Since its founding in 1910, the Boy Scouts of America has had fully participating members with physical, mental, and emotional disabilities. James E. West, the first Chief Scout Executive, was a person with a disability. Although most of the BSA's efforts have been directed at keeping such boys in the mainstream of Scouting, it has also recognized the special needs of those with significant disabilities. To find out more about advancement for Scouts with Special Needs, click on the "Read more" link, below.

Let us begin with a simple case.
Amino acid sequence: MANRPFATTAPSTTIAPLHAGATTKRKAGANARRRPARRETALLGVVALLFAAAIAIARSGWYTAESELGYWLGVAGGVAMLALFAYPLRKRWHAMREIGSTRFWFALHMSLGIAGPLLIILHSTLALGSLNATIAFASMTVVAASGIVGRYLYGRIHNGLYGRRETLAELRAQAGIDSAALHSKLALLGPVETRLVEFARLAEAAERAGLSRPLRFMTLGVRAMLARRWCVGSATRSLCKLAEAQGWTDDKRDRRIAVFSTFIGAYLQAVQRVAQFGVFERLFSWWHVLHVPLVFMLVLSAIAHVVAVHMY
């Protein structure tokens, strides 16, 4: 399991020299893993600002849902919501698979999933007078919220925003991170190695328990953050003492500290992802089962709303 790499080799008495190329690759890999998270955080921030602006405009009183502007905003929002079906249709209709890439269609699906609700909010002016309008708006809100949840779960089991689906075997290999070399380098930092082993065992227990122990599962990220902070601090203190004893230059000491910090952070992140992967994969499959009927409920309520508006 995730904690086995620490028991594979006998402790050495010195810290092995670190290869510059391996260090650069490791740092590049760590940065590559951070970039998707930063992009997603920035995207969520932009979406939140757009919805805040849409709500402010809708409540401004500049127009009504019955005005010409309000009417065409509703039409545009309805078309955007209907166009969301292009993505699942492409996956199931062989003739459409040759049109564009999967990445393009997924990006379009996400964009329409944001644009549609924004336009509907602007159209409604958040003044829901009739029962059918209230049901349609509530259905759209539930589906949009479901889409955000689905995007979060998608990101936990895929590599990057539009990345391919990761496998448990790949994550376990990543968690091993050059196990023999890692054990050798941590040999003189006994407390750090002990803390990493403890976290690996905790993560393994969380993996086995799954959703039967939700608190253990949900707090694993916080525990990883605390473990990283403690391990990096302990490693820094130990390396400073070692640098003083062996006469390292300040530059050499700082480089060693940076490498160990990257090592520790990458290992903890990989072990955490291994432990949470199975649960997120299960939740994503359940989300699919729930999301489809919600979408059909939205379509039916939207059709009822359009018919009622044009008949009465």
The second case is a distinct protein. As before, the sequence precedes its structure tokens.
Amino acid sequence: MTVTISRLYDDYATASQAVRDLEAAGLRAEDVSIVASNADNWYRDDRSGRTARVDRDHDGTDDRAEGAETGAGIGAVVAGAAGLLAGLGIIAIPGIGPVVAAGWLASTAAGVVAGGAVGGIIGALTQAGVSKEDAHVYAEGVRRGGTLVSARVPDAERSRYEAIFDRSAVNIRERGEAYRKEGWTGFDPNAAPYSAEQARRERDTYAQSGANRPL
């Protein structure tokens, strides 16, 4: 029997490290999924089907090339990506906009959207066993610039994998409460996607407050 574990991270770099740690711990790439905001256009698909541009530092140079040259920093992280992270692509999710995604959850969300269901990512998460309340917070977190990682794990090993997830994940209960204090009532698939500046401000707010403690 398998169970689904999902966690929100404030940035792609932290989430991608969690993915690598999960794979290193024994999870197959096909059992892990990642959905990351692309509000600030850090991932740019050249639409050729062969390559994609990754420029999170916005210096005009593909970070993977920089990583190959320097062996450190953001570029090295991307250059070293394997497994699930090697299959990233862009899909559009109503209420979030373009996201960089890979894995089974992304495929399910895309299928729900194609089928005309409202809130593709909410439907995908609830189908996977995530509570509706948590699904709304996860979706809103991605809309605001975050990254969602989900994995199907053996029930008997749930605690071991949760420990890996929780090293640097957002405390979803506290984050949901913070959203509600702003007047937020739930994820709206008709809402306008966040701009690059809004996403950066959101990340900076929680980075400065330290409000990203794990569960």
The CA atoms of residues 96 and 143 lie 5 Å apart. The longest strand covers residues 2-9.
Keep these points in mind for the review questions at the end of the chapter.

To engage our youth members in STEM, the Boy Scouts of America has created exciting new program initiatives that emphasize STEM in the context of the current advancement programs.
Internet advancement is the process that Scouting units use to record and track advancement ranks and awards for their youth. This process can be done from any Internet-connected computer at any time.
For information on
Boy Scout Advancement